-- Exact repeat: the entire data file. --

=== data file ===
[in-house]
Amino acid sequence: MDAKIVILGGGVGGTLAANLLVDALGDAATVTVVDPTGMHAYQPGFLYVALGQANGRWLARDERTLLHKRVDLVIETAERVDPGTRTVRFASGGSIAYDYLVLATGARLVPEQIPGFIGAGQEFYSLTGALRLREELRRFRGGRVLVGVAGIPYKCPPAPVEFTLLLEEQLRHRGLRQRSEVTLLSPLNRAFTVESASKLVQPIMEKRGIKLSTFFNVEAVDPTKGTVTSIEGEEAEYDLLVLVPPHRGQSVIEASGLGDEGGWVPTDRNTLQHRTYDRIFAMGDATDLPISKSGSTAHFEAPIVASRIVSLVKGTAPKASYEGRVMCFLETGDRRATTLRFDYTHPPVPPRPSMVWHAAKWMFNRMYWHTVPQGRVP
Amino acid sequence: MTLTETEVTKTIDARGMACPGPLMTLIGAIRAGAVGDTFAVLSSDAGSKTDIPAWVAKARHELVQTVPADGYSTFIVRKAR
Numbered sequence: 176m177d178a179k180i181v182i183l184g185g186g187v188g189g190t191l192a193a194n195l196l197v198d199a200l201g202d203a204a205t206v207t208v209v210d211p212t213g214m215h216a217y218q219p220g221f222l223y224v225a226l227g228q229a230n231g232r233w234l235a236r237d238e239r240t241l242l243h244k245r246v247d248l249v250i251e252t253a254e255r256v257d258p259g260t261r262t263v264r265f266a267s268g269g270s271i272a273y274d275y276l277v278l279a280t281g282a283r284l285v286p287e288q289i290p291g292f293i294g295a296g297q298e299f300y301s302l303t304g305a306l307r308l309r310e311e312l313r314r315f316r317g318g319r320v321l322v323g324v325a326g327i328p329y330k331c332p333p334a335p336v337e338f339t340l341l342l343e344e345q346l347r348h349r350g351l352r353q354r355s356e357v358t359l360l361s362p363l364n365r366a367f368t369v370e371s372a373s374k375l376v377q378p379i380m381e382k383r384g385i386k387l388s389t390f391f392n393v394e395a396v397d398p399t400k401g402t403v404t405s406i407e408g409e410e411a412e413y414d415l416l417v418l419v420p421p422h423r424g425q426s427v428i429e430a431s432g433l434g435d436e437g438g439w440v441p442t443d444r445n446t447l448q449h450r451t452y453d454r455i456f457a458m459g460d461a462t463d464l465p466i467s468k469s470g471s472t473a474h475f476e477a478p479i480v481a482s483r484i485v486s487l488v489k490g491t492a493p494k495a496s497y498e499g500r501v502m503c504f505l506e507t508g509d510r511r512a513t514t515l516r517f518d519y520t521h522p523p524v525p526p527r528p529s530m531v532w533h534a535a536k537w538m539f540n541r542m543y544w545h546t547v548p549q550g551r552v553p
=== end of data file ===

[in-house]
Amino acid sequence: MDAKIVILGGGVGGTLAANLLVDALGDAATVTVVDPTGMHAYQPGFLYVALGQANGRWLARDERTLLHKRVDLVIETAERVDPGTRTVRFASGGSIAYDYLVLATGARLVPEQIPGFIGAGQEFYSLTGALRLREELRRFRGGRVLVGVAGIPYKCPPAPVEFTLLLEEQLRHRGLRQRSEVTLLSPLNRAFTVESASKLVQPIMEKRGIKLSTFFNVEAVDPTKGTVTSIEGEEAEYDLLVLVPPHRGQSVIEASGLGDEGGWVPTDRNTLQHRTYDRIFAMGDATDLPISKSGSTAHFEAPIVASRIVSLVKGTAPKASYEGRVMCFLETGDRRATTLRFDYTHPPVPPRPSMVWHAAKWMFNRMYWHTVPQGRVP
Amino acid sequence: MTLTETEVTKTIDARGMACPGPLMTLIGAIRAGAVGDTFAVLSSDAGSKTDIPAWVAKARHELVQTVPADGYSTFIVRKAR
Numbered sequence: 176m177d178a179k180i181v182i183l184g185g186g187v188g189g190t191l192a193a194n195l196l197v198d199a200l201g202d203a204a205t206v207t208v209v210d211p212t213g214m215h216a217y218q219p220g221f222l223y224v225a226l227g228q229a230n231g232r233w234l235a236r237d238e239r240t241l242l243h244k245r246v247d248l249v250i251e252t253a254e255r256v257d258p259g260t261r262t263v264r265f266a267s268g269g270s271i272a273y274d275y276l277v278l279a280t281g282a283r284l285v286p287e288q289i290p291g292f293i294g295a296g297q298e299f300y301s302l303t304g305a306l307r308l309r310e311e312l313r314r315f316r317g318g319r320v321l322v323g324v325a326g327i328p329y330k331c332p333p334a335p336v337e338f339t340l341l342l343e344e345q346l347r348h349r350g351l352r353q354r355s356e357v358t359l360l361s362p363l364n365r366a367f368t369v370e371s372a373s374k375l376v377q378p379i380m381e382k383r384g385i386k387l388s389t390f391f392n393v394e395a396v397d398p399t400k401g402t403v404t405s406i407e408g409e410e411a412e413y414d415l416l417v418l419v420p421p422h423r424g425q426s427v428i429e430a431s432g433l434g435d436e437g438g439w440v441p442t443d444r445n446t447l448q449h450r451t452y453d454r455i456f457a458m459g460d461a462t463d464l465p466i467s468k469s470g471s472t473a474h475f476e477a478p479i480v481a482s483r484i485v486s487l488v489k490g491t492a493p494k495a496s497y498e499g500r501v502m503c504f505l506e507t508g509d510r511r512a513t514t515l516r517f518d519y520t521h522p523p524v525p526p527r528p529s530m531v532w533h534a535a536k537w538m539f540n541r542m543y544w545h546t547v548p549q550g551r552v553p